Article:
Dublin City Council has defended closing a busy segregated cycle path with no alternative route as part of “quick wins” planned to be finished ahead of the Velo-City conference at the end of the month.
It is normal in cycling-friendly cities to provide protected diversion around works on cycle paths. While it is common in long-time cycling-friendly cities like Amsterdam and Copenhagen, it is in recent years also becoming common when there’s works on new higher-quality cycle paths in London.
The works at the junction of the Matt Talbot Memorial Bridge in Dublin is to link the junction with the new two-way cycle path on City Quay in the south Docklands.
Perry Chitombo, a Dublin City Council senior executive engineer, said: “Due to the volume of public transport and general traffic on the bridge it was not possible to take possession of the road space and provide a [temporary] segregated track for the cyclists. Since the area under construction is relatively short, it was felt that cyclist can transit the bridge by sharing the carriageway with other traffic.”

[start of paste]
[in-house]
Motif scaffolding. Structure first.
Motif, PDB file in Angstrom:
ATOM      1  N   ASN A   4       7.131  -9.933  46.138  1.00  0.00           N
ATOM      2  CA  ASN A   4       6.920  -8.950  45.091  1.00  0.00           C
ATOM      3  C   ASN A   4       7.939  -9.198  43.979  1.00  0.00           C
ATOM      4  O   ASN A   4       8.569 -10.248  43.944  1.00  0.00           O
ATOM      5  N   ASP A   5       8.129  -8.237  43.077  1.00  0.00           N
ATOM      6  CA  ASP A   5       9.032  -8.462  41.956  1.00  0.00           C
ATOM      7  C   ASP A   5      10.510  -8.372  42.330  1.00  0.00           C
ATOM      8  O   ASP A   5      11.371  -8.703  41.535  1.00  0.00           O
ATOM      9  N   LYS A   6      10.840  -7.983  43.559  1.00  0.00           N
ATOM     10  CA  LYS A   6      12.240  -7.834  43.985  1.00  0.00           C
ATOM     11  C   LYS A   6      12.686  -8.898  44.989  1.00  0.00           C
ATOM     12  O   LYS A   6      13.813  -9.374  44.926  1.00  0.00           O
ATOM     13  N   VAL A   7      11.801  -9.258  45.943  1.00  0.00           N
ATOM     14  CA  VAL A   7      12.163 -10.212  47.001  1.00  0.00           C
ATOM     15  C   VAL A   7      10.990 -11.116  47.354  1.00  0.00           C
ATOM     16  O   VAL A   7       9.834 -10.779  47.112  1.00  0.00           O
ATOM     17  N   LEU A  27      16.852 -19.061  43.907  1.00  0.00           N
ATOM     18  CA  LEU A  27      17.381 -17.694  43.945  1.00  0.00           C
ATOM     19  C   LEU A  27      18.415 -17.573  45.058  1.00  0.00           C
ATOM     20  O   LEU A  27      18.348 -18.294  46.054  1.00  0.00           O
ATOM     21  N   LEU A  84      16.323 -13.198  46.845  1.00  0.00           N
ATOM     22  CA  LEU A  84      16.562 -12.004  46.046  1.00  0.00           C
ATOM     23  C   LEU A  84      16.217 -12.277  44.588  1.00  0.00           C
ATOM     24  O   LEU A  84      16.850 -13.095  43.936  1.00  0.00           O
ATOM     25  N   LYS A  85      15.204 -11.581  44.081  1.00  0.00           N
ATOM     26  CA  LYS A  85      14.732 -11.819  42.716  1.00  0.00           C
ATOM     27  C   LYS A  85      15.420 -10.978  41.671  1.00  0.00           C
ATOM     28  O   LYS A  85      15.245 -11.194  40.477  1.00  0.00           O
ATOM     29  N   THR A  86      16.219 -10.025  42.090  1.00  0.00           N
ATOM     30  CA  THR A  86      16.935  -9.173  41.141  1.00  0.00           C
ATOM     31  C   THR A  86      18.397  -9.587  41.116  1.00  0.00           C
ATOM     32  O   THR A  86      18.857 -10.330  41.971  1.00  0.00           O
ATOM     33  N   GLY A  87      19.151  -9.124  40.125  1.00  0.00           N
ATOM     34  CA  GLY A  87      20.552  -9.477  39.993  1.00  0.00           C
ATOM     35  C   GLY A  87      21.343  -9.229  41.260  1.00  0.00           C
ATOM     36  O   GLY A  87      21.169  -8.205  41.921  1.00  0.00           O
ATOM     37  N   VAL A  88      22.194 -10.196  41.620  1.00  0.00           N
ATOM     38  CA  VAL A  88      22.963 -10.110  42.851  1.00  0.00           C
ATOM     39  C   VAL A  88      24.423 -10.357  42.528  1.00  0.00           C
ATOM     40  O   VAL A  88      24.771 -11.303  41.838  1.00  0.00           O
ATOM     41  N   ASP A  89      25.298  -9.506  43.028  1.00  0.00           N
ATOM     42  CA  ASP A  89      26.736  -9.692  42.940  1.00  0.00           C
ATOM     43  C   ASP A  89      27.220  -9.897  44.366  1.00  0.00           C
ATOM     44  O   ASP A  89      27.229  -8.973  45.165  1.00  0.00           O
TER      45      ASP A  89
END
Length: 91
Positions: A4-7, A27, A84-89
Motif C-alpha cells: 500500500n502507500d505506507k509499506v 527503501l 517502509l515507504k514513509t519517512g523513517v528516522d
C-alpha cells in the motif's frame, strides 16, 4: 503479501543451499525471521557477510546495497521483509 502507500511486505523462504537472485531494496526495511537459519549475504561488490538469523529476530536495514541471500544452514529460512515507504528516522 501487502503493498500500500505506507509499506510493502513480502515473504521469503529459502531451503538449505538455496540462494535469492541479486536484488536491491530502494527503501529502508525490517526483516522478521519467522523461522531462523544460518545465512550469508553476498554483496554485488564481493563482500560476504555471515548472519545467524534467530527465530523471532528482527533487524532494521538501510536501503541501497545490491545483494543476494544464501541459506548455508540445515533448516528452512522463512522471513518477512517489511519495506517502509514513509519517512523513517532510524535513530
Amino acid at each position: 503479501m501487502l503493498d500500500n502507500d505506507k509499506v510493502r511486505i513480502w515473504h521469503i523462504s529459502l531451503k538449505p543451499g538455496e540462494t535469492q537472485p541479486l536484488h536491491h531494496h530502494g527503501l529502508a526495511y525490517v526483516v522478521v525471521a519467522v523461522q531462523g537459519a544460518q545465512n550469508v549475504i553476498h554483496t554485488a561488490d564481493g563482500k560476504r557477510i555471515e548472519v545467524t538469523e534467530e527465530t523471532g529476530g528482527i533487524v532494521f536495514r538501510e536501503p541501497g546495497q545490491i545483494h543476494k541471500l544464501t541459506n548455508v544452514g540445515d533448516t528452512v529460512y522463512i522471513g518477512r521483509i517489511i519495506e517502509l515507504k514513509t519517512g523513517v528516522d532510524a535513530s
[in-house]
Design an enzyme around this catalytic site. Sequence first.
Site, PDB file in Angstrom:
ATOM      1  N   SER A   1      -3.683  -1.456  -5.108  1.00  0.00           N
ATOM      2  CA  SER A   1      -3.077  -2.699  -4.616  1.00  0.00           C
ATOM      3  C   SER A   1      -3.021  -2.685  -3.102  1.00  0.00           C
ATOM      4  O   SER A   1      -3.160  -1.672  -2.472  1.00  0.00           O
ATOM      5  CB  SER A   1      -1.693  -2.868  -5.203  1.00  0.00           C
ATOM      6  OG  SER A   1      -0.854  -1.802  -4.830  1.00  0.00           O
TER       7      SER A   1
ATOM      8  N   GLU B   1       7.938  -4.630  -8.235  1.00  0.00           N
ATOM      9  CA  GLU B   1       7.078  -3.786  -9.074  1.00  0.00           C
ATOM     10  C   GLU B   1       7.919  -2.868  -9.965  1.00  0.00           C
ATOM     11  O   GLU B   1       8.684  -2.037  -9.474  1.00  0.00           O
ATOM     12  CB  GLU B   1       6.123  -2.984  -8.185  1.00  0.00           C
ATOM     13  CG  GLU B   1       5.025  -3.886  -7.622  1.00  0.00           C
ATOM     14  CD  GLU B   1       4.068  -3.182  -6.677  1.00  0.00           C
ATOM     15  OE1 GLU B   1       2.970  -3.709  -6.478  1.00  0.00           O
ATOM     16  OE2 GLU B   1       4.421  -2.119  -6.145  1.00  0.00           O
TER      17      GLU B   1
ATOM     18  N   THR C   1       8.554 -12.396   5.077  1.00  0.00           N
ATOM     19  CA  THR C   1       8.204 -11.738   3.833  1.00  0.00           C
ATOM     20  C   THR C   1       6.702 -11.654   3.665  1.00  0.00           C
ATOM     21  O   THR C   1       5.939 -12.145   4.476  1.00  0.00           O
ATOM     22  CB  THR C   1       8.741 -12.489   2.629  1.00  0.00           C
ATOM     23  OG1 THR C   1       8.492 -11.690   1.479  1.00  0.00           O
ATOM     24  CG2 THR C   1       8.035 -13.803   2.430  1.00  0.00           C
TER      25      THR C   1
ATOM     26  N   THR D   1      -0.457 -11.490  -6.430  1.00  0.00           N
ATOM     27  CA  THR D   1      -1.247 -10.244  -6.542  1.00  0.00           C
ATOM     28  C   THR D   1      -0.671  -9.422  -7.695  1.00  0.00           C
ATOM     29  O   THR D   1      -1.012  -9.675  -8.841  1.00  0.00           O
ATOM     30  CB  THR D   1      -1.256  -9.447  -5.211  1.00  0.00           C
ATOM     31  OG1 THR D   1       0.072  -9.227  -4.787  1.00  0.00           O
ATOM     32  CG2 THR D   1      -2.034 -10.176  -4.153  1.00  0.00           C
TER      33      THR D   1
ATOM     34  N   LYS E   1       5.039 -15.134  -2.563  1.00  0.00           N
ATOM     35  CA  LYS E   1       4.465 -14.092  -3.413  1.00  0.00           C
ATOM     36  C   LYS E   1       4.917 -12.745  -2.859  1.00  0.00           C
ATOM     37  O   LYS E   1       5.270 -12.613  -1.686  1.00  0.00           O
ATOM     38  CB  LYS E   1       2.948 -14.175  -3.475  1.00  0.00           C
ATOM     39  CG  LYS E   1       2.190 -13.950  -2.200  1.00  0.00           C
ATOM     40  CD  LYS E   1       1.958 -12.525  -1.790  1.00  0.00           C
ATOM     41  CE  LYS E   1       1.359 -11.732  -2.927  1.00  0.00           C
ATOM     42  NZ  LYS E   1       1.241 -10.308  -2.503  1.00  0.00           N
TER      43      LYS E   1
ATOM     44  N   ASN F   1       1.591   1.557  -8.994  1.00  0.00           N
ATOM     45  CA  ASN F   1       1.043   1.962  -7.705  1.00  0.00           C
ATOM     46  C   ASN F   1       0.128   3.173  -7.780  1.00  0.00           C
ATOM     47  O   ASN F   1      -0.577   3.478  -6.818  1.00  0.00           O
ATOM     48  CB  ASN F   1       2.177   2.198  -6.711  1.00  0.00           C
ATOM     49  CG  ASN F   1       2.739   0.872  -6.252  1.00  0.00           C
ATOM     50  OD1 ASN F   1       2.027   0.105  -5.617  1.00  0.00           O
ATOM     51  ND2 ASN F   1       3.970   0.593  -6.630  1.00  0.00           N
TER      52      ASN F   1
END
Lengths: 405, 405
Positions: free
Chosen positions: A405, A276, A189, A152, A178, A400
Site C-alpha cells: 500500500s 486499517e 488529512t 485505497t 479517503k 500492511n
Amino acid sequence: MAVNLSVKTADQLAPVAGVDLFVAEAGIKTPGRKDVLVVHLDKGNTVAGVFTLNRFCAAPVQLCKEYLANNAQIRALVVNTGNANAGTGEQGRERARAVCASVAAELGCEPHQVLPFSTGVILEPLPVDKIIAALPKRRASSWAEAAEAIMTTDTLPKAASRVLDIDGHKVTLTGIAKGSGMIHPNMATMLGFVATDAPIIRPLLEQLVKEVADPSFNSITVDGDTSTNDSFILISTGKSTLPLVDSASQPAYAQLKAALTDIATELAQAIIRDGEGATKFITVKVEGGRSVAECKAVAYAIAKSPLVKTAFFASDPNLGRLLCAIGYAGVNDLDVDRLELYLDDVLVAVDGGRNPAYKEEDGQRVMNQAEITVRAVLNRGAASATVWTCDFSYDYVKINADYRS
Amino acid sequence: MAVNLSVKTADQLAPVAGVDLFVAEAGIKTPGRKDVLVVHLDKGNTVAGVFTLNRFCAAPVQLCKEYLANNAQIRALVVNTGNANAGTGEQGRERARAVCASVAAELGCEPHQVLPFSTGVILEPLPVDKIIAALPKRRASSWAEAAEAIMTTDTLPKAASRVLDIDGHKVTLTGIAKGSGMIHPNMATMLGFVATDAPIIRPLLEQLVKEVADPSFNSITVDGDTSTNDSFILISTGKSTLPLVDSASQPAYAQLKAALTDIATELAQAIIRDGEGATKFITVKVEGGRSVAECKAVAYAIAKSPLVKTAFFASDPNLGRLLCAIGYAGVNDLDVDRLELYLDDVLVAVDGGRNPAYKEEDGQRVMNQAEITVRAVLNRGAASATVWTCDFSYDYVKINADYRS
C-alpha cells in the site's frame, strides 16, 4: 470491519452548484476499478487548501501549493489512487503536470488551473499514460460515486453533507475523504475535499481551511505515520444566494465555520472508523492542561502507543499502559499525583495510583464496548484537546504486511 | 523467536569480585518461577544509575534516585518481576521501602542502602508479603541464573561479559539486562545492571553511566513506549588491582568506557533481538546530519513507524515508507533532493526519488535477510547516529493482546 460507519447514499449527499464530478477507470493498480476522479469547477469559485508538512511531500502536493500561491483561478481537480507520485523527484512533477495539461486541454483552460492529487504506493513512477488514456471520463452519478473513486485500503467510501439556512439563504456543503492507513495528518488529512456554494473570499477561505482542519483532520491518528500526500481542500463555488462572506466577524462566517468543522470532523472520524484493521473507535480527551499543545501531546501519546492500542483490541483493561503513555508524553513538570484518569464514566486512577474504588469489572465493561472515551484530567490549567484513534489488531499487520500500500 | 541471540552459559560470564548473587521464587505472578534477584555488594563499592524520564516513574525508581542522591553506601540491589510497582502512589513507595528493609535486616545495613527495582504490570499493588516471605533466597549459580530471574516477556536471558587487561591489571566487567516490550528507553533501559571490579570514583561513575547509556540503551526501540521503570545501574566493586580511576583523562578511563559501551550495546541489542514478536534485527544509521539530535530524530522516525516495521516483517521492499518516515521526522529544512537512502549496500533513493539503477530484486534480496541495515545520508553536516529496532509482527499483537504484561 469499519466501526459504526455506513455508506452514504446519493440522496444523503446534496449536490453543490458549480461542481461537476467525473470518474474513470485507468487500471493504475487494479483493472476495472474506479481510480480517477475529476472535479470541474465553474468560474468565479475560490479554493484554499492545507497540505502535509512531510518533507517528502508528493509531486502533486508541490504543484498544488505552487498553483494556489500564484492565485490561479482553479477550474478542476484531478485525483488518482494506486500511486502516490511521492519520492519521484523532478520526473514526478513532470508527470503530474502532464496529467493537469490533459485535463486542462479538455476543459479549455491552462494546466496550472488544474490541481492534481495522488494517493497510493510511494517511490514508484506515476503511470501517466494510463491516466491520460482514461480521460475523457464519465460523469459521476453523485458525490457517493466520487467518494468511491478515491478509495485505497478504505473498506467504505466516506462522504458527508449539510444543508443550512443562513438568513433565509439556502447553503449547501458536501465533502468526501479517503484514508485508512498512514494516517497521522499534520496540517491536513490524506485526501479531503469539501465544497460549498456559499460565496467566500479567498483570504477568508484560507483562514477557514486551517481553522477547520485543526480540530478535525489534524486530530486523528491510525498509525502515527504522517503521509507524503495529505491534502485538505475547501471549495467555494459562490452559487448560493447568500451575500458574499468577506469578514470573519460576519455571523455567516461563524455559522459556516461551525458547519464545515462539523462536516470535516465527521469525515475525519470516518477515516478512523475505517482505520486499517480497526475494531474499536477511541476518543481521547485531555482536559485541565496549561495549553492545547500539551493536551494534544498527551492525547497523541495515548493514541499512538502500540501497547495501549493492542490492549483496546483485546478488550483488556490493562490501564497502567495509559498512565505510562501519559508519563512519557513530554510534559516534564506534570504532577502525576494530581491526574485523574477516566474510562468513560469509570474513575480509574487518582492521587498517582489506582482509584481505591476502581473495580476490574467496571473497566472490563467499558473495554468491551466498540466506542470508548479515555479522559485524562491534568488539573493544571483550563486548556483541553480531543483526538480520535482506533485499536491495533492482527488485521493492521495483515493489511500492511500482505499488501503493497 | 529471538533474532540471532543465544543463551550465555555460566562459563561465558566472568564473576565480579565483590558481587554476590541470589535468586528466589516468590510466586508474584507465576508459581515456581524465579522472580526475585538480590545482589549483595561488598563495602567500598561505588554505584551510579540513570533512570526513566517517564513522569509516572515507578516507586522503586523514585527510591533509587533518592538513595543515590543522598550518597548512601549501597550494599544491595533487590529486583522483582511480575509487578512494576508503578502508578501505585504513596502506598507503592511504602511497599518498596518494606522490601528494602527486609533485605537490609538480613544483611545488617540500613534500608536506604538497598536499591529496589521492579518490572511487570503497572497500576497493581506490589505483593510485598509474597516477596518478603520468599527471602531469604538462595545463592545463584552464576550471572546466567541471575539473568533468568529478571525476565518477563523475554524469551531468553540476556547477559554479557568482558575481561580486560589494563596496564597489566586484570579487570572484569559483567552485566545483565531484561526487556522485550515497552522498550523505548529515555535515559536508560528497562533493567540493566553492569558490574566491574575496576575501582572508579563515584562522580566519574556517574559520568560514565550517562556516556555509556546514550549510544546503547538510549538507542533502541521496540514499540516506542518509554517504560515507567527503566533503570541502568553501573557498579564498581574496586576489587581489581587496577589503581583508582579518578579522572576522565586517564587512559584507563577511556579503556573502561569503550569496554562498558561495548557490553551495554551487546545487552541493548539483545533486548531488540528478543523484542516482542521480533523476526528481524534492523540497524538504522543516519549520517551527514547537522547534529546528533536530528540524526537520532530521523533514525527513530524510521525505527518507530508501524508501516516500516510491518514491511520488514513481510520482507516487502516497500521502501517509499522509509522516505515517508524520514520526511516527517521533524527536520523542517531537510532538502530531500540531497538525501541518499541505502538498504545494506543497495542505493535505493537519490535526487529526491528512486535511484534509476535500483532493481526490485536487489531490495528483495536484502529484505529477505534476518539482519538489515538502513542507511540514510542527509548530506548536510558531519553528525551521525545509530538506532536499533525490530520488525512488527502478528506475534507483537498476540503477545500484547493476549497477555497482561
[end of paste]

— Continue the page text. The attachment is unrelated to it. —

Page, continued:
Asked what is involved with the works, he said: “We are finishing the outstanding section of the South Campshire Cycle Route. We are merely connecting the missing link on the bridge bringing the facility to the same standard as the recently opened cycle track.”
There was no reply from the city council when asked could this website see a copy of the planned layout, so, it is unclear if the council plans to follow the BusConnects / Liffey Cycle Route plan to remove the current pedestrian crossing design. The current design is Dutch-like in providing pedestrian space between the cycle path and the roadway, although it needed fixing after design changes to the quayside in recent years.
The previous design:
The work area is at the top right of the junction below:
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